More information: Joel Ray, M.D., professor, medicine, University of Toronto; Heather Snyder, Ph.D., senior director, medical and scientific operations, Alzheimer's Association; Oct. 17, 2018, BMJ, online

Dayan et al. Impact of Preeclampsia on Long-Term Cognitive Function. Hypertension17 Oct 2018 2018;0 :HYPERTENSIONAHA.118.11320

The U.S. National Library of Medicine has more about vascular dementia.

Related Stories

AHA: no direct link between preeclampsia and cognitive impairment, study finds

October 17, 2018
While preeclampsia puts women at greater risk for stroke and high blood pressure following childbirth, a new study found that the pregnancy-related condition may not predispose them to significant cognitive impairment later ...

Pre-eclampsia linked to an increased risk of dementia later in life

October 17, 2018
Pre-eclampsia is associated with an increased risk of later dementia, particularly vascular dementia, caused by reduced blood supply to the brain due to diseased blood vessels, finds a large study published by The BMJ today.

Women with high blood pressure during pregnancy more likely to develop CVD risk factors

July 2, 2018
Preeclampsia and gestational hypertension are common pregnancy complications involving high blood pressure that develops for the first time during pregnancy and returns to normal after delivery. Previous studies have shown ...

Stroke risk factors for pregnant women with preeclampsia uncovered

May 25, 2017
Women with preeclampsia, a common complication of pregnancy, face a heightened risk of stroke during pregnancy and postpartum if they have urinary tract infections, chronic high blood pressure, or clotting or bleeding disorders, ...

Pre-pregnancy heart abnormalities may predict recurrent preeclampsia risk

February 22, 2016
Women who had pregnancy-related high blood pressure multiple times had recognizable heart abnormalities between pregnancies that could help predict their risk for heart and blood vessel disease during subsequent pregnancies ...

Low-dose aspirin could help pregnant women with high blood pressure avoid a dangerous condition

May 25, 2018
A daily dose of aspirin could help pregnant women in the first stage of high blood pressure avoid a condition that puts both mother and baby in danger, according to a new study.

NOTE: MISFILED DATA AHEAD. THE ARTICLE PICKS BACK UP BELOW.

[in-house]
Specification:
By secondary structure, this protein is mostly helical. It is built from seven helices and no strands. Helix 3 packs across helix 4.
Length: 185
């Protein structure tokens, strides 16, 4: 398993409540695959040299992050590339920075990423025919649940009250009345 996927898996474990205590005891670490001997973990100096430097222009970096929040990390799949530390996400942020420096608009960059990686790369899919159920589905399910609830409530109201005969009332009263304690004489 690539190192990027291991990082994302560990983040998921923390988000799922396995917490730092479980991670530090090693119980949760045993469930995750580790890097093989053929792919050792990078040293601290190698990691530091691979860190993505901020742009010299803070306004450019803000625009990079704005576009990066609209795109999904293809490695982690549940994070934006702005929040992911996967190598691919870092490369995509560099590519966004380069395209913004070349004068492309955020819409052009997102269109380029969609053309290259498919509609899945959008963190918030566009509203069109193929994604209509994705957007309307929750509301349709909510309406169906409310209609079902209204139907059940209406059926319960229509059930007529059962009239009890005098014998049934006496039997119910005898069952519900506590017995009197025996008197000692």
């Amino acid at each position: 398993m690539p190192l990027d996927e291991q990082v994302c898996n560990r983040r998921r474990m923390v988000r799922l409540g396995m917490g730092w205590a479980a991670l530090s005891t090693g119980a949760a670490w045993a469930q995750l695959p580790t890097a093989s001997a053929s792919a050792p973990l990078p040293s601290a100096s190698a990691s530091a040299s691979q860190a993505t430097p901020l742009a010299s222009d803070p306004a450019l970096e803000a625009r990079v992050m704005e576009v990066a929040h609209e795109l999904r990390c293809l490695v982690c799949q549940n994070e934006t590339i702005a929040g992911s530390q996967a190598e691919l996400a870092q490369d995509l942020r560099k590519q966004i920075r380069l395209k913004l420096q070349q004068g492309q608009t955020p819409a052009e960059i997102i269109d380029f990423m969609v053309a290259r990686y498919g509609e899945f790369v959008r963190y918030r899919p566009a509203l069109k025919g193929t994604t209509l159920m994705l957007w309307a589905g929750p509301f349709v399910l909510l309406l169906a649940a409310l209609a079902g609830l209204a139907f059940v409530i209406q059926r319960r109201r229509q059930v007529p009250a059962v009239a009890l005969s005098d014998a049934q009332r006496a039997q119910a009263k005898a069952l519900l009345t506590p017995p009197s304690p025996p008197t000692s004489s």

Recommended for you

Bullying and violence at work increases the risk of cardiovascular disease

November 19, 2018
People who are bullied at work or experience violence at work are at higher risk of heart and brain blood vessel problems, including heart attacks and stroke, according to the largest prospective study to investigate the ...

Genetic analysis links obesity with diabetes, coronary artery disease

November 16, 2018
A Cleveland Clinic genetic analysis has found that obesity itself, not just the adverse health effects associated with it, significantly increases the risk of Type 2 diabetes and coronary artery disease. The paper was published ...

Non-coding genetic variant could improve key vascular functions

November 15, 2018
Atherosclerotic disease, the slow and silent hardening and narrowing of the arteries, is a leading cause of mortality worldwide. It is responsible for more than 15 million deaths each year, including an estimated 610,000 ...

Study of two tribes sheds light on role of Western-influenced diet in blood pressure

November 14, 2018
A South American tribe living in near-total isolation with no Western dietary influences showed no increase in average blood pressure from age one to age 60, according to a study led by researchers at Johns Hopkins Bloomberg ...

Meditation and music may alter blood markers of cellular aging and Alzheimer's disease

November 13, 2018
A research team led by Dr. Kim Innes, a professor in the West Virginia University School of Public Health, has found that a simple meditation or music listening program may alter certain biomarkers of cellular aging and Alzheimer's ...

Heart failure patients shouldn't stop meds even if condition improves: study

November 13, 2018
(HealthDay)—There's bad news for heart failure patients with dilated cardiomyopathy who'd like to stop taking their meds.

1 comment

Adjust slider to filter visible comments by rank

Display comments: newest first

Anoym275346n
not rated yet Oct 18, 2018
Following the advice of this article (google " How I Helped My Sister Cure Hypertension " ) for the last six months, I'm well on my way to being in the best health of my life. This is a must read for anyone with high blood pressure.

Please sign in to add a comment. Registration is free, and takes less than a minute. Read more

Click here to reset your password.
Sign in to get notified via email when new comments are made.